A trade deal signed by the UK and New Zealand this week promises benefits for winemakers, merchants and drinkers, according to industry bodies.
Miles Beale, CEO of the UK Wine & Spirit Trade Association (WSTA), said the deal means the country’s wine lovers ‘will have greater choice’.
He said it was also ‘a very good deal for the wine and spirit industry’.
New Zealand Winegrowers, representing the country’s wine sector, also welcomed the free trade deal, which was signed in London yesterday (28 February) by ministers from both countries.
It’s part of UK efforts to agree new trading terms with many countries following Brexit.
‘The UK is New Zealand’s second largest export market for wine, with exports valued at over $400m (£202m) over the past 12 months,’ said Philip Gregan, CEO of New Zealand Winegrowers.
‘This will help remove technical barriers to trade, and minimise burdens from certification and labelling requirements. It will also support future growth in the market, and encourage exporters to focus on the UK.’
New Zealand Sauvignon Blanc, Manuka honey and kiwi fruit could become ‘more affordable’, according to the UK government.
The deal comes as the wine trade faces higher costs, however. Daniel Lambert, of importer Daniel Lambert Wines, suggested New Zealand wines were unlikely to be cheaper in the short-term, although the trade deal might help reduce pressure for price rises.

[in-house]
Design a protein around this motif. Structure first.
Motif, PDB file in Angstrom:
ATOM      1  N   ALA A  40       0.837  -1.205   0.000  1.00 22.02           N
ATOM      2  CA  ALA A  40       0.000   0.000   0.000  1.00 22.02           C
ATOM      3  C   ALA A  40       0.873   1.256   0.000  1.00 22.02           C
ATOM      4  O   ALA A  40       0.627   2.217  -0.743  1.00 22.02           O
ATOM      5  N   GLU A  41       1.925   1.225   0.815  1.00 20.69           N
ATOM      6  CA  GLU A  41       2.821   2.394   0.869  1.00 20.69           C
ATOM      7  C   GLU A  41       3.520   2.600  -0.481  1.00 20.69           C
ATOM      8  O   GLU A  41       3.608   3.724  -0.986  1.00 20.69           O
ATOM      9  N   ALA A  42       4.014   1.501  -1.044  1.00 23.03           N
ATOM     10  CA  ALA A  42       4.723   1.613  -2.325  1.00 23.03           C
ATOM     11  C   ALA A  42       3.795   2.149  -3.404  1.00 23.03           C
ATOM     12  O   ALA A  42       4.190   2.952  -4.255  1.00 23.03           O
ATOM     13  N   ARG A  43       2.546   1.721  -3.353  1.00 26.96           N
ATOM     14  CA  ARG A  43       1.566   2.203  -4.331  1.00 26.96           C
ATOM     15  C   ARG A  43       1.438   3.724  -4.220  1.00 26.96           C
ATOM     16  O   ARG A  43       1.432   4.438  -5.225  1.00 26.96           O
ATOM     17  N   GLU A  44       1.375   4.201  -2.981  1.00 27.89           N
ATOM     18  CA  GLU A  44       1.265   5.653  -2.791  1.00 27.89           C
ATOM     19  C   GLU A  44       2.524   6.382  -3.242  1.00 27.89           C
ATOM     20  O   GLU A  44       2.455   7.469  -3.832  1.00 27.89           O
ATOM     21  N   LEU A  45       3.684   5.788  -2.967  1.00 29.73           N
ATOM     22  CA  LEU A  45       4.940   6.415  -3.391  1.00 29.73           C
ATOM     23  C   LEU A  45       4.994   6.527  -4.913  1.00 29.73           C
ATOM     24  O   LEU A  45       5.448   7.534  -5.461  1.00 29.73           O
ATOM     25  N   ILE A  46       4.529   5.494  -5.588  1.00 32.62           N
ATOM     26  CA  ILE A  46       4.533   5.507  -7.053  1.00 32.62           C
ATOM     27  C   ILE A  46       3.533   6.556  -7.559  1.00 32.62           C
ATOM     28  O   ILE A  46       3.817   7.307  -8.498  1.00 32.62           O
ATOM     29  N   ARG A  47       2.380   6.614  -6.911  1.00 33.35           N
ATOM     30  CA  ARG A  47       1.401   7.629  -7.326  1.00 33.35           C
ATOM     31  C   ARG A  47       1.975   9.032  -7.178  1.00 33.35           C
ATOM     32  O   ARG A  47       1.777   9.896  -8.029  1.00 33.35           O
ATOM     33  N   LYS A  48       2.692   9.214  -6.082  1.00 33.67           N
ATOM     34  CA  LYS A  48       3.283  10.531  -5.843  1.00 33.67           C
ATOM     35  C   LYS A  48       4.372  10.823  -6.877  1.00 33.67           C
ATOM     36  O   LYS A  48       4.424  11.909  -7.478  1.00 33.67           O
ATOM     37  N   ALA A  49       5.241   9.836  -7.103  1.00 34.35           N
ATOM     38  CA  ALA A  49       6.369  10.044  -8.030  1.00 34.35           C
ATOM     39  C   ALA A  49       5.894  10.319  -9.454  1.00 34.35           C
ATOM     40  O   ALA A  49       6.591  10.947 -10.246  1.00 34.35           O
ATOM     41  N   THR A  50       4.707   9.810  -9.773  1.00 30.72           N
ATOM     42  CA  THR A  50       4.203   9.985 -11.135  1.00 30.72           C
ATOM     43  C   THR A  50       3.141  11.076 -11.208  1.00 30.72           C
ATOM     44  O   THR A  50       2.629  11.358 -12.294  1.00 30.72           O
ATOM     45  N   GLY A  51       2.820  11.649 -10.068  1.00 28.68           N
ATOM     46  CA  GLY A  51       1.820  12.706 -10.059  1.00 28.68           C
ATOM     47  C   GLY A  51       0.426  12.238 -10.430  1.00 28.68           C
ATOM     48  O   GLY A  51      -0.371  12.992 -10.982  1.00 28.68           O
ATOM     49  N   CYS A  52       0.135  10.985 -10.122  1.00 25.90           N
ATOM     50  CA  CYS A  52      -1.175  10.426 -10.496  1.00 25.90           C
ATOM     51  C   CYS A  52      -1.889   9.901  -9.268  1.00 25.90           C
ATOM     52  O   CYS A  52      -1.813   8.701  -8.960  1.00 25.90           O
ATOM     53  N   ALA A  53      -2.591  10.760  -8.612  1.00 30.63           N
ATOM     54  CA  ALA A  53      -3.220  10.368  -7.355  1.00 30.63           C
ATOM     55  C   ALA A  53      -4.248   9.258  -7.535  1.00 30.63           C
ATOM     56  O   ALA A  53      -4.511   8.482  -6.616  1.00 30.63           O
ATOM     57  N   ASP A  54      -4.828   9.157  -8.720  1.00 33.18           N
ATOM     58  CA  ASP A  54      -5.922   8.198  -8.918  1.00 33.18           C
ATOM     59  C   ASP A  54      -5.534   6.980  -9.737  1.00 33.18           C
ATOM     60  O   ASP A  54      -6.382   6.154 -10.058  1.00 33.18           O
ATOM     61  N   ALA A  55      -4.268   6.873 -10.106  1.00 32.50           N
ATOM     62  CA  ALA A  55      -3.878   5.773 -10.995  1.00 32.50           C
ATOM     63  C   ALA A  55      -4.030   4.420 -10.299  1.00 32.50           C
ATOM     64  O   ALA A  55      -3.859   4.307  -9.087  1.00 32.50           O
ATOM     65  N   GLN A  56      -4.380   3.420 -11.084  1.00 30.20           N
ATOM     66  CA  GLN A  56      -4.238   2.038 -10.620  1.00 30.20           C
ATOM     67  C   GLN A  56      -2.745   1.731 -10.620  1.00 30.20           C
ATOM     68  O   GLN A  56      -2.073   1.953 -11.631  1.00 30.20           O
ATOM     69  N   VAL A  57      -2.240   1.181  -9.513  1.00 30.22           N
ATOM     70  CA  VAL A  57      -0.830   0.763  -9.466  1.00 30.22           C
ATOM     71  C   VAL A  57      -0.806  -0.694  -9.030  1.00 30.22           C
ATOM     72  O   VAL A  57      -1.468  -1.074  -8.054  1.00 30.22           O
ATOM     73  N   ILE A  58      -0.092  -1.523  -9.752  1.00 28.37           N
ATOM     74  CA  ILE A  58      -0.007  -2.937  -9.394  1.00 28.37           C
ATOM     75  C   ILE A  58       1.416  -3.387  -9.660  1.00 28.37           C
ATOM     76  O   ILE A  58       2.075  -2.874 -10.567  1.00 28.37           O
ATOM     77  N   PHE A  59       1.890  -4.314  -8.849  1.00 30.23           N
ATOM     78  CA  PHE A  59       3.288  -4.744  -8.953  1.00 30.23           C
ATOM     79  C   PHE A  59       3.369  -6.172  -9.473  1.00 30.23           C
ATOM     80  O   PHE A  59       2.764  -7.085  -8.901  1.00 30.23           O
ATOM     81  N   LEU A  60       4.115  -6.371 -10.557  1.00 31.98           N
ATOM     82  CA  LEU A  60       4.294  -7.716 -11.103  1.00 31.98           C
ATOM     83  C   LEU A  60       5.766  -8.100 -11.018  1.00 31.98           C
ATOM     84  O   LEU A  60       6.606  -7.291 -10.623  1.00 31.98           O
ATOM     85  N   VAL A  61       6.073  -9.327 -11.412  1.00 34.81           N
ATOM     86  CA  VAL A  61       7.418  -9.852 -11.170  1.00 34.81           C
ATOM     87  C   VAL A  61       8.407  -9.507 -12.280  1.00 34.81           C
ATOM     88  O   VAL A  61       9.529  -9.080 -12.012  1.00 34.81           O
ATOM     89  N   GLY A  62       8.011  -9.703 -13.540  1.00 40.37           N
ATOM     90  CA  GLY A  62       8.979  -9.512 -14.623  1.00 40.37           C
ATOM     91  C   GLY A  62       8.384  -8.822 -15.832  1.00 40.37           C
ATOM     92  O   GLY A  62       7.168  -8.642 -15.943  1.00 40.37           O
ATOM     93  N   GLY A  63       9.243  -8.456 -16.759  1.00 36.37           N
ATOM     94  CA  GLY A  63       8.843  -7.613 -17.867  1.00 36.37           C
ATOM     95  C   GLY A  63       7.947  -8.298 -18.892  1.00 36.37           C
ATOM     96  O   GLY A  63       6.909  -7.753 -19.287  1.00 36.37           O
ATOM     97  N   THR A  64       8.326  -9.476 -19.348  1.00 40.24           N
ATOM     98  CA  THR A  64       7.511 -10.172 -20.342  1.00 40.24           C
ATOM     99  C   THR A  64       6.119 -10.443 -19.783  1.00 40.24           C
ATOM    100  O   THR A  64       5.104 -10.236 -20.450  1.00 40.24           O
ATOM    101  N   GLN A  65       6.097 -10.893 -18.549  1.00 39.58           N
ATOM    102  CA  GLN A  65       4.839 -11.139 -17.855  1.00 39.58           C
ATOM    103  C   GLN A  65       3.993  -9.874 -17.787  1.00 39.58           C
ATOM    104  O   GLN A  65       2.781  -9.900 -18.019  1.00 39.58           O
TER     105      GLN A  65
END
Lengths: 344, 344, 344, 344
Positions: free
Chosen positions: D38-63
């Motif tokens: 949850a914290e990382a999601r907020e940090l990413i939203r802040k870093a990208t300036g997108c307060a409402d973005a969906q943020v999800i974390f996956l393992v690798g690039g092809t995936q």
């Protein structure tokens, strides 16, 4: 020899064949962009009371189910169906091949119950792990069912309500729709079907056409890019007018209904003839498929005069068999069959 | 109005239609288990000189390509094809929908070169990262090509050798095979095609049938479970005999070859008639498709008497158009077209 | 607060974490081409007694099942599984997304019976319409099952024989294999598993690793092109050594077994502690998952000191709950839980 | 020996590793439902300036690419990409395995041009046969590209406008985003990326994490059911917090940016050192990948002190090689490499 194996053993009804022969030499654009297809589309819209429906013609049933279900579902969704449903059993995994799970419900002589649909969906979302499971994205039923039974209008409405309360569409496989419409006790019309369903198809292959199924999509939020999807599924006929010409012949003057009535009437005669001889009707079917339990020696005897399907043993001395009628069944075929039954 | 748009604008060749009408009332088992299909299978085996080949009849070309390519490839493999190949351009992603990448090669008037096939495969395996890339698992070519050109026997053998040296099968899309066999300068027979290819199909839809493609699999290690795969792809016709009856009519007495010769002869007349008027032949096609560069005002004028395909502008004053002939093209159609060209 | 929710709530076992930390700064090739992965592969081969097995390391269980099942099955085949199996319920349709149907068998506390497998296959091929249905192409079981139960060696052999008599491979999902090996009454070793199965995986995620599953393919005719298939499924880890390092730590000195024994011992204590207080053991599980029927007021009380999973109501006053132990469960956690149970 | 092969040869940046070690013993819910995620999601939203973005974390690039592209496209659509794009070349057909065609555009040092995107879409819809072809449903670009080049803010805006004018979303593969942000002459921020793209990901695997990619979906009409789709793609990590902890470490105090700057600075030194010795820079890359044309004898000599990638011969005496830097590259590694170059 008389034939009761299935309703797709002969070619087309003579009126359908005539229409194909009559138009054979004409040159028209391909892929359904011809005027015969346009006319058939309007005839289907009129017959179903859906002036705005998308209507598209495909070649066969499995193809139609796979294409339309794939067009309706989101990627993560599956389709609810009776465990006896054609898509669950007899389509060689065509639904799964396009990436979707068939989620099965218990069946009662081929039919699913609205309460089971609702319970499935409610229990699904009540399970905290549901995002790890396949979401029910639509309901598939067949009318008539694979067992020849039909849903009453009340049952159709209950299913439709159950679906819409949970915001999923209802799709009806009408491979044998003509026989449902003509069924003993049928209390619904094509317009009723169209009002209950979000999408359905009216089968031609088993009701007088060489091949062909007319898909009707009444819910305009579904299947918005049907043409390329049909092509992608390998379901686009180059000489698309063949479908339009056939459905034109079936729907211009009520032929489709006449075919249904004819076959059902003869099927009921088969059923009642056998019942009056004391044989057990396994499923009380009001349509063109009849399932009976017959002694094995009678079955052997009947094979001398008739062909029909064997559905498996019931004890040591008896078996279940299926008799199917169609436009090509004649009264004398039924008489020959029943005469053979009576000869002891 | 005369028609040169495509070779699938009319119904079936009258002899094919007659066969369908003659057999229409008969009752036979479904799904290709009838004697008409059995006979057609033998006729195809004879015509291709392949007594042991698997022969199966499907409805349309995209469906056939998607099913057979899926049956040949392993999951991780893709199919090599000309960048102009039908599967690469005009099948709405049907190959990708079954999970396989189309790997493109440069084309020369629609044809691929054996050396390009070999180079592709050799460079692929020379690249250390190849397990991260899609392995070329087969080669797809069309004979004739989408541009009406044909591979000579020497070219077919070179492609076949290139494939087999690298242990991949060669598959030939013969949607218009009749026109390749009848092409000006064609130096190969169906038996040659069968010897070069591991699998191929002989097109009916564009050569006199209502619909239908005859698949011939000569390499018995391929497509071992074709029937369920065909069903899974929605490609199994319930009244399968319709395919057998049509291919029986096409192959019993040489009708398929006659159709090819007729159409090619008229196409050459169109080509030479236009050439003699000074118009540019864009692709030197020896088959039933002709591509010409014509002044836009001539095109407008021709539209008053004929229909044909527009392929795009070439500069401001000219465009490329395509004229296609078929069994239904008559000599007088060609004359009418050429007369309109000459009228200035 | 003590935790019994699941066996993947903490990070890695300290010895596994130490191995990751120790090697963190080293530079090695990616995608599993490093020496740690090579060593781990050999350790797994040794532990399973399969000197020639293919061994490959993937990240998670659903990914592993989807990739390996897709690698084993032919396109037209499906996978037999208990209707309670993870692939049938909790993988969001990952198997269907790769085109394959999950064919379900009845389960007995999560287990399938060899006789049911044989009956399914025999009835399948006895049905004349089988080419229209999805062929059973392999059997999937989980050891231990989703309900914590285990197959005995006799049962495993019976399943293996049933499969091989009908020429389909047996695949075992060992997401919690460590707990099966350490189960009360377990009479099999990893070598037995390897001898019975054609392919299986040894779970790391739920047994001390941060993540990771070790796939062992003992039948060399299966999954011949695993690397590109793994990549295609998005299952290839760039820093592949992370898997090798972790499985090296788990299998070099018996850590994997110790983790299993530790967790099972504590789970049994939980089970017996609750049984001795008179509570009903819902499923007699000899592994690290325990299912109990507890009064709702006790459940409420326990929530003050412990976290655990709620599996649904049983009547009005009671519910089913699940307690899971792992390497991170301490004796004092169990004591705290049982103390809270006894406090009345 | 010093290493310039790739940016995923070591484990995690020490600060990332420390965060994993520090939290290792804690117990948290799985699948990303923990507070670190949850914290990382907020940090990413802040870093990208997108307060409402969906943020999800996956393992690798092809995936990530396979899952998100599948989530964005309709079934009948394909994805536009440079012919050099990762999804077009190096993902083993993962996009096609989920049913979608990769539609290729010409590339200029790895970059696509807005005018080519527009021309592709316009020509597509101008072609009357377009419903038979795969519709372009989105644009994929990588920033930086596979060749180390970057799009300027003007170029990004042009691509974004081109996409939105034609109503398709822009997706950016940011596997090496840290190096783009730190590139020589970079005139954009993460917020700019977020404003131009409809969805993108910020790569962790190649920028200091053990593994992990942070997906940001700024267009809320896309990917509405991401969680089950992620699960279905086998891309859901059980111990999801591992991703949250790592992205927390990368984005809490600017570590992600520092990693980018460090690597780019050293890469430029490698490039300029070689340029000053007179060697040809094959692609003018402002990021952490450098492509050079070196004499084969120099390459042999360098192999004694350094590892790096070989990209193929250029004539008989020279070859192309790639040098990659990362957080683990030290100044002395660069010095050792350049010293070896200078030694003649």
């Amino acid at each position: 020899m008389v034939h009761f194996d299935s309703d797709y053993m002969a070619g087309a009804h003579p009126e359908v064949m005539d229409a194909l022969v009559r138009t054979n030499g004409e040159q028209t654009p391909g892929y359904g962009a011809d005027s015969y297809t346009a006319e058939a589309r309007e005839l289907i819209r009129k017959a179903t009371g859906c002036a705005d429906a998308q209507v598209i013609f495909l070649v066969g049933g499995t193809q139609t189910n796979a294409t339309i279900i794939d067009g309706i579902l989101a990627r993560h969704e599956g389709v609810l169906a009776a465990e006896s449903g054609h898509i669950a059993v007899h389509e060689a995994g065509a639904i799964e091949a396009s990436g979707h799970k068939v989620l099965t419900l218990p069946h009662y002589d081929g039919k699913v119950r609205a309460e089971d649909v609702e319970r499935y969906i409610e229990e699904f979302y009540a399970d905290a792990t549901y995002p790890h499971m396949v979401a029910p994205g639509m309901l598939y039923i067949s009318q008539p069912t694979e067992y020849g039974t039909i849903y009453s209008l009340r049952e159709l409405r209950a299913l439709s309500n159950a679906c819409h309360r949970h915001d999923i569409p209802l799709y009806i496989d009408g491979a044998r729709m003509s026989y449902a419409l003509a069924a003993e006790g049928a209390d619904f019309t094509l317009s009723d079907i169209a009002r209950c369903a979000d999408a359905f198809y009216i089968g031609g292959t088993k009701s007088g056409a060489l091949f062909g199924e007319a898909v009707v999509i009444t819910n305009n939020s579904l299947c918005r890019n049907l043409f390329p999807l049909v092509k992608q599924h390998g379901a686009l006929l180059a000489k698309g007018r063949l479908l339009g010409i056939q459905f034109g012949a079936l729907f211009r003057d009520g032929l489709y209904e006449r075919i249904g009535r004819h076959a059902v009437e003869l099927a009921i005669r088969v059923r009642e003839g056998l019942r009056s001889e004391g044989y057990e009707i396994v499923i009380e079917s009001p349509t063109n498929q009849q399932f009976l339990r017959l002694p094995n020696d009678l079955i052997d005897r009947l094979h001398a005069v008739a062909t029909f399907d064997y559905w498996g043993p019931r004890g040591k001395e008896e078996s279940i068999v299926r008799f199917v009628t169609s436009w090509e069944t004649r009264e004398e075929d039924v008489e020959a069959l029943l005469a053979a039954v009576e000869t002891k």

In a Twitter thread, he said the ‘cost of shipping from NZ has gone up dramatically over the year’, and New Zealand Sauvignon Blanc was ‘in extremely short supply’.
NZ Winegrowers has previously said that managing supplies is a key issue following a 2021 harvest that is ‘exceptional’ yet smaller than hoped for.
Still, trade groups were optimistic about the opportunities presented by the trade deal.
Beale said: ‘This is a great deal for the UK’s wine importers and the jobs supported across the UK, which rely on over £750m in sales of New Zealand wine in the UK annually – from bottling and logistics to hospitality and retail.’
He added, ‘This modern FTA not only eliminates many tariff barriers, but permanently removes wine import certification for New Zealand wines and broadens the accepted list of New Zealand’s oenological practices permitted.’
It could also help the UK’s growing array of distilleries. UK spirits exports to New Zealand are worth around £15m per year, and British gin exports have doubled in the past three years, according to the WSTA.
The UK government said the FTA was the most advanced deal that New Zealand has signed with any country bar Australia.